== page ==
The European Court of Justice has ruled that the European Commission can intervene as amicus curiae in the appeal against the ruling by the District Court of Haarlem on the tax deductibility of fines imposed by the European Commission for cartel infringements.9
On 22 May 2006, the District Court of Haarlem concluded that it follows from the text of Regulation 17/6210 that fines imposed by the European Commission for competition law infringements are partly non-punitive in nature and are, for that part, tax deductible.11 The European Commission tried to intervene as amicus curiae in the appeal against this ruling on the basis of Article 15(3) of Regulation 1/200312, leading the Court of Appeal of Amsterdam to refer the question as to whether this intervention is possible to the European Court of Justice (ECJ).13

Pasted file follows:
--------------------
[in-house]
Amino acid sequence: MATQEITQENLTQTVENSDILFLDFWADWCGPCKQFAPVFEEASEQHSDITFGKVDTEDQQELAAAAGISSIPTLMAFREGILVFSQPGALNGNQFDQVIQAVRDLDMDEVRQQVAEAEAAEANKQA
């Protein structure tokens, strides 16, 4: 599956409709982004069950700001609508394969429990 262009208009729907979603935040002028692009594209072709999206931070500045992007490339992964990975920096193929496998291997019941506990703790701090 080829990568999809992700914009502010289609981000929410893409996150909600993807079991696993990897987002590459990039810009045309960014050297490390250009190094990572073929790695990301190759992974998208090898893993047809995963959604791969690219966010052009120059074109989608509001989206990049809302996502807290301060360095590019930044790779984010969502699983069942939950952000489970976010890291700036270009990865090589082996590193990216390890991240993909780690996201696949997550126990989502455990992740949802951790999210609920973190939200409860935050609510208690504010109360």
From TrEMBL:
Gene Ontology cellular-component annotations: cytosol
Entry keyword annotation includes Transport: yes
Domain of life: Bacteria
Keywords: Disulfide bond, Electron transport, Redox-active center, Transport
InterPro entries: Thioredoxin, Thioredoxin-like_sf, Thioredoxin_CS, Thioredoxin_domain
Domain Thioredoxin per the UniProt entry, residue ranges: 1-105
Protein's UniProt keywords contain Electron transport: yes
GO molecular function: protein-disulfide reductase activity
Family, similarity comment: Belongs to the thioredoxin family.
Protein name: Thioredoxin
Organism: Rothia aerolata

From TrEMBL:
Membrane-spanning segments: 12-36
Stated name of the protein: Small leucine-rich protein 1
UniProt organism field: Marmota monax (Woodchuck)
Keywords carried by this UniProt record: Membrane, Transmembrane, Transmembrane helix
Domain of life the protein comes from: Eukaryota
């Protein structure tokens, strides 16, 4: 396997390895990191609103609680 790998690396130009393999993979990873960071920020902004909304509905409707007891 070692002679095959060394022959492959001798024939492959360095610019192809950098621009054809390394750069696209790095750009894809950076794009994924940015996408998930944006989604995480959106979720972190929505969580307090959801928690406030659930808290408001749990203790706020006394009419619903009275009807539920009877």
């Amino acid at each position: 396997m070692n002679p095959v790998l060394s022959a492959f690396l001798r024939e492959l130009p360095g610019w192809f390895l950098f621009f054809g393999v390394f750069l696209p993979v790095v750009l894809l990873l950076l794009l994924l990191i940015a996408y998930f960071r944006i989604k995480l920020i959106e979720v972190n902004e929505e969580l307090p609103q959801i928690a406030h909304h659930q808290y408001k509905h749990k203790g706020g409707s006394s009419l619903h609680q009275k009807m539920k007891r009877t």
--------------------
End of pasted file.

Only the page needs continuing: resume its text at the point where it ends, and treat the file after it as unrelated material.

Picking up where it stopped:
The ECJ recently answered this question.14 It ruled that Article 15(3) of Regulation 1/2003 enables the Commission to submit written observations to courts of the Member States if the coherent application of Article 81 EC or 82 EC so requires, even if the proceedings concerned do not directly relate to the application of Article 81 or 82 EC.
The ECJ found that, in the circumstances of the action in the main proceedings, it was quite clear that the outcome of the tax deductibility dispute could impair the effectiveness of the penalty imposed by the European Commission. Consequently, the European Commission should be allowed to submit written observations in the case at hand pursuant to Article 15(3) of Regulation 1/2003.